Men accounted for nearly 80% of drug-related deaths in 2006 in England and Wales, the NHS Information Centre has revealed.
Figures on drug misuse from the statistics body, issued yesterday, found just 21% of the 1,573 people who died in 2006 due to illict drug use were women.
Hospital admissions were also far higher among men, with 4,715 admitted to hospital, where the primary diagnosis was drug-related mental and behavioural disorders in England in 2006-7, compared with 2,019 women.
The gender divide was also evident in access to structured drug treatment services, which were provided to 140,077 men and 55,387 women in England in 2006-7.
The information centre’s chief executive, Tim Straughan, said: “The fact that 1,500 people died due to drug use in 2006 is saddening in itself, but the fact so many of these deaths are male raises many questions about gender and drug misuse.”
Meanwhile, government substance misuse treatment body the National Treatment Agency has reported that a tool used to measure treatment outcomes has been assessed as fit for purpose.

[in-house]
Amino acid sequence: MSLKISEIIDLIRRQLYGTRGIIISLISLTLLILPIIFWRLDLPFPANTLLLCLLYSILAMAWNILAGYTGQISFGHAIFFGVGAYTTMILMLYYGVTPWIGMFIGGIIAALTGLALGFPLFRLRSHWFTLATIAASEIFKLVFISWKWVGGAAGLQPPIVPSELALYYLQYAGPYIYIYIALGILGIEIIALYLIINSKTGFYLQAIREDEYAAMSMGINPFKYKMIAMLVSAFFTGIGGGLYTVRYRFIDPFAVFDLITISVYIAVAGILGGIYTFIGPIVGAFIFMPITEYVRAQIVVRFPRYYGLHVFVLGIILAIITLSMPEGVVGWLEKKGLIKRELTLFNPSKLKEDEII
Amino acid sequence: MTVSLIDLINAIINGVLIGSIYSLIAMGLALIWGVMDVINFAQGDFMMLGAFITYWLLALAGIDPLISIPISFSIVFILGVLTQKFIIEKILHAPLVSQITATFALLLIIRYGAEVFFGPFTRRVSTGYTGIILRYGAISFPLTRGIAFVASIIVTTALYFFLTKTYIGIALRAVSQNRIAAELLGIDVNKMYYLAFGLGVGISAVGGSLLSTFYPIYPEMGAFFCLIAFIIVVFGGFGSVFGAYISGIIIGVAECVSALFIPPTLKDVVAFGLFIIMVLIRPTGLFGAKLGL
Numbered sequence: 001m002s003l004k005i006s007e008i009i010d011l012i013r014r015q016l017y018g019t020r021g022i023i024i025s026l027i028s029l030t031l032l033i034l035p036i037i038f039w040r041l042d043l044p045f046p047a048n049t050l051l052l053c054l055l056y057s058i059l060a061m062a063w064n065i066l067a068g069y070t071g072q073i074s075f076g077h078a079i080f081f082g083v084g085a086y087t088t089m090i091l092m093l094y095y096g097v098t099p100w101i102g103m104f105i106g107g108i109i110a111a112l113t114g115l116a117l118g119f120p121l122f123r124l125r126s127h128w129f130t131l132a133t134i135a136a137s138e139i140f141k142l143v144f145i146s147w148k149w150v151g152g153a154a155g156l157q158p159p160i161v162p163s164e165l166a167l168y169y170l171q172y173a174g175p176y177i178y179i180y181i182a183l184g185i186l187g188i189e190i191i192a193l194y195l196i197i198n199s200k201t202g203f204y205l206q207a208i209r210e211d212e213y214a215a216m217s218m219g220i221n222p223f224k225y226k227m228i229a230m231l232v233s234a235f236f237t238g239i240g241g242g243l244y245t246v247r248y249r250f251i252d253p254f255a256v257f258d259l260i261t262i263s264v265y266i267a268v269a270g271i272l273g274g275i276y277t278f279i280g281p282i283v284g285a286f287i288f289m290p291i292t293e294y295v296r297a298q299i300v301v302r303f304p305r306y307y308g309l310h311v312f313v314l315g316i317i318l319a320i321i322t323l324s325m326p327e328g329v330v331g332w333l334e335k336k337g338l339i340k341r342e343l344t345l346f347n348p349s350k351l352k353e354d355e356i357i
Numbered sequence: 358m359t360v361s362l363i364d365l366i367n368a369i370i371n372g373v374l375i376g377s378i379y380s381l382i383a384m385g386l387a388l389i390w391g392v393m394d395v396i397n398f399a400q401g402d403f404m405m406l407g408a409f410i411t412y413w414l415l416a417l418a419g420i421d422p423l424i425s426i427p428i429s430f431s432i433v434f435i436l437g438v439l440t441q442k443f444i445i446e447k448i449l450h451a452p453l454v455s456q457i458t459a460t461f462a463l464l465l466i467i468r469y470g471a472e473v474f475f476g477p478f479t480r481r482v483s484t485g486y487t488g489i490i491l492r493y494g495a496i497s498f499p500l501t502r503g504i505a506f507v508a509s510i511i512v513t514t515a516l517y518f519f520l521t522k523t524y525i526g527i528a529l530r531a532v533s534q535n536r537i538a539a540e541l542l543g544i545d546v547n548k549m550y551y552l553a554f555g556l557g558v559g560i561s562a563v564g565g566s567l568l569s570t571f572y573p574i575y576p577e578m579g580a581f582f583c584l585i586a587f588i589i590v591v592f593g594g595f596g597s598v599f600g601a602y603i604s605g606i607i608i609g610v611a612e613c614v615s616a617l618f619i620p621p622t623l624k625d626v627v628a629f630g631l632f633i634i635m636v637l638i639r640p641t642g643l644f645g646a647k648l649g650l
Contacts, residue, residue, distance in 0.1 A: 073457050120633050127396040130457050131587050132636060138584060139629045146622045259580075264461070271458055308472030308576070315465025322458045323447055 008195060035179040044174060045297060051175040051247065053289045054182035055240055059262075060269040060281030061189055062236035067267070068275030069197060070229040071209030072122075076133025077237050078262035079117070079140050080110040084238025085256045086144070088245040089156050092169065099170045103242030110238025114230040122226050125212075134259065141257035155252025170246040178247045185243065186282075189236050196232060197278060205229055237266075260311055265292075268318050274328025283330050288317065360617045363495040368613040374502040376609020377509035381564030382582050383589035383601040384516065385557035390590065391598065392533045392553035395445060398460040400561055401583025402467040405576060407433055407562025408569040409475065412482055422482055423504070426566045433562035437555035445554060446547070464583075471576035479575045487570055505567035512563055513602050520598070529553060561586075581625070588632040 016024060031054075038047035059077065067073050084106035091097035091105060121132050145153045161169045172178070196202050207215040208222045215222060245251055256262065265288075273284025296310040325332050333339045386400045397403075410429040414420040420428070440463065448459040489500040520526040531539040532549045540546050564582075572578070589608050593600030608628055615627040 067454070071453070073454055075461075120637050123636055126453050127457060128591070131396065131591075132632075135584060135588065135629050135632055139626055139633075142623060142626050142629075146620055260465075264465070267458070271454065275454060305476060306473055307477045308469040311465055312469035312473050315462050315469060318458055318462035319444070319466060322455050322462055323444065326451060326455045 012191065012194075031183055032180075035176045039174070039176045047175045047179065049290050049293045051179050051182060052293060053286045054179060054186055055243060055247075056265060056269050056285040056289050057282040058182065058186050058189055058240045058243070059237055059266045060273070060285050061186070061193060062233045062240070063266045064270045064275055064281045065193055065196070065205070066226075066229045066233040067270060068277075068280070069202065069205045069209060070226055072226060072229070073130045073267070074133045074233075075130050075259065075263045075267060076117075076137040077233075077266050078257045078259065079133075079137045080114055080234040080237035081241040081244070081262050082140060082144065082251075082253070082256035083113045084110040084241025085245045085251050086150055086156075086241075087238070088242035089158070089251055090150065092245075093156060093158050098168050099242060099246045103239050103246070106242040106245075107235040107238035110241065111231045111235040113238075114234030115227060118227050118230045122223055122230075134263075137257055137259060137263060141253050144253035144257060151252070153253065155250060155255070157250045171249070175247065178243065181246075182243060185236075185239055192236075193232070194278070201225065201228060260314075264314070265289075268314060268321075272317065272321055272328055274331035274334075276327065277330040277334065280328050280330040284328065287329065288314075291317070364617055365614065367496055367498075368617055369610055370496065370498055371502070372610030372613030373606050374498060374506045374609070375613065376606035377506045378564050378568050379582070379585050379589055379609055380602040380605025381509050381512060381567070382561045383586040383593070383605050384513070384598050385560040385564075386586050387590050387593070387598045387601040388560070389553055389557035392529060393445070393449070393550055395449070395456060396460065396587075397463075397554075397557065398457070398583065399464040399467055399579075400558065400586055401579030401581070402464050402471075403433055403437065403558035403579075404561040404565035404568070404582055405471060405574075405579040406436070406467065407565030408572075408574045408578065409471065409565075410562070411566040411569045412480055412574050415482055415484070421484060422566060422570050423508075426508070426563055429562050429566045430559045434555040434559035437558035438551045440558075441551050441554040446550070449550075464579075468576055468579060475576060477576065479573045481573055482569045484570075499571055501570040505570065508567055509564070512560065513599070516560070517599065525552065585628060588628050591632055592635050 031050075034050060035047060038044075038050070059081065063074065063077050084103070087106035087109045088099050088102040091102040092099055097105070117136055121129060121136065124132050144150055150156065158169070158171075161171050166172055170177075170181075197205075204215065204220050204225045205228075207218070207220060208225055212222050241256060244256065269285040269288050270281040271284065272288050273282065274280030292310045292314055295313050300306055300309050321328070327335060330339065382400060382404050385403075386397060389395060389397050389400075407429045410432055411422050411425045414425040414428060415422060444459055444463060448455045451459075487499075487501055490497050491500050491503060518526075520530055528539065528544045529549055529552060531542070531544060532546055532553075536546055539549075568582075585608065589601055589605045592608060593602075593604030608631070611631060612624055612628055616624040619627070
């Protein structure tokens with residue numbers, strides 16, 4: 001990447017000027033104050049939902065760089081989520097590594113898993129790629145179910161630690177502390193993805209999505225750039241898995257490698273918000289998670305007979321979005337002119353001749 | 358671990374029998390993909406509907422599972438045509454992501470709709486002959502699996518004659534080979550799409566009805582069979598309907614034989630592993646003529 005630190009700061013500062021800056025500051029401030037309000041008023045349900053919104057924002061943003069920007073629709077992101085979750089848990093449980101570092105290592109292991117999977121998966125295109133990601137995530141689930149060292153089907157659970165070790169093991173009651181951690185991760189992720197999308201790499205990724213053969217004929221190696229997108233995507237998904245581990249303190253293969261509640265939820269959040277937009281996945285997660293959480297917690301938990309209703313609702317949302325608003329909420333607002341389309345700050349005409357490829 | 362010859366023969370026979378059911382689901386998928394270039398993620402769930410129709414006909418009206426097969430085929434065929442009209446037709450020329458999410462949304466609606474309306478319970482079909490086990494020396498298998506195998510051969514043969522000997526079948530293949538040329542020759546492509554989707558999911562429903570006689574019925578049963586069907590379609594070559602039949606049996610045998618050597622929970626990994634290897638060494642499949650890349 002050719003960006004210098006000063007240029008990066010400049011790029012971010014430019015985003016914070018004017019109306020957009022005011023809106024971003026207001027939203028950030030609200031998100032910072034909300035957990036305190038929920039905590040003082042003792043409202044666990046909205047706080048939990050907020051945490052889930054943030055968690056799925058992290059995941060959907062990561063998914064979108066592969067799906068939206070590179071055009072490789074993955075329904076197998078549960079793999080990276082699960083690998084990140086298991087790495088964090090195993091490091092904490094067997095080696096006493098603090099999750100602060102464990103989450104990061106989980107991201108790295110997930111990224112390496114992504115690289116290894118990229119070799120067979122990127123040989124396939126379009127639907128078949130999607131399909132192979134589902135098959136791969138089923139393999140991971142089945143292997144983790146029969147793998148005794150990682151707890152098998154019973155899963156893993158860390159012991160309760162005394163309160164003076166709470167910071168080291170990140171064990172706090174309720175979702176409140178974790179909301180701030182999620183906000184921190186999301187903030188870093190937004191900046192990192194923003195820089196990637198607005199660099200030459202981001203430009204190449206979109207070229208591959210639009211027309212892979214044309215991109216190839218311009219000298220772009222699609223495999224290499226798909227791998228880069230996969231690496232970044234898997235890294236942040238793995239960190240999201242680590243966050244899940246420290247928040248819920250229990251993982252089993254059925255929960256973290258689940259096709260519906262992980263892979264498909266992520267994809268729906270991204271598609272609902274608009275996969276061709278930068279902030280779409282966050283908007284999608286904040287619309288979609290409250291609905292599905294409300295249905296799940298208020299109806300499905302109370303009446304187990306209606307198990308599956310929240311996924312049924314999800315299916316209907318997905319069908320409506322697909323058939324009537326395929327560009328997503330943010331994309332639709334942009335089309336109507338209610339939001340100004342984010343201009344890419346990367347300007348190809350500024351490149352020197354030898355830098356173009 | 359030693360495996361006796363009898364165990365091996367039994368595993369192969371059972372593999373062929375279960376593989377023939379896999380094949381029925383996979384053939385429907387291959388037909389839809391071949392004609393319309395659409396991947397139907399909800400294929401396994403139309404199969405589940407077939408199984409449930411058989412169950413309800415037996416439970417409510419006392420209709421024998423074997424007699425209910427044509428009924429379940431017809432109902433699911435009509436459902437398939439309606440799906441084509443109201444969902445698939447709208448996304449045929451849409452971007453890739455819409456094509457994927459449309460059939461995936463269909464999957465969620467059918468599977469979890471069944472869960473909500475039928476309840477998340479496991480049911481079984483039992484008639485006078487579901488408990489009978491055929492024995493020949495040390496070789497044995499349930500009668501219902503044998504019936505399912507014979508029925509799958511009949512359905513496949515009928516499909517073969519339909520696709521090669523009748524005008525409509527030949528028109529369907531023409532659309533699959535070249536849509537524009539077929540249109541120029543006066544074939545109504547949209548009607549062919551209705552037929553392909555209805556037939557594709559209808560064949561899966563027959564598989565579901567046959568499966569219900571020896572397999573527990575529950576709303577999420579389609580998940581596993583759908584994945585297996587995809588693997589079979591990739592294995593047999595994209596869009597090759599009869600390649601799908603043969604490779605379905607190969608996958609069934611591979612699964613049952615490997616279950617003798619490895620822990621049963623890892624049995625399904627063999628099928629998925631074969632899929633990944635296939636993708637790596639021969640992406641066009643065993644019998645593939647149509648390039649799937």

The Treatment Outcomes Profile (Top) assesses treatment against 20 outcome measures for users, including the number of days in which they have shoplifted and sold drugs and their subjective rating of physical and psychological health.
Top was launched by the NTA in May 2007 and rolled out to drug treatment services in October 2007, since when the agency has received about 200,000 completed profiles from providers.
The tool was peer-reviewed for the September addition of the journal Addiction, after a study of 1,000 service users from 63 treatment organisations in England.
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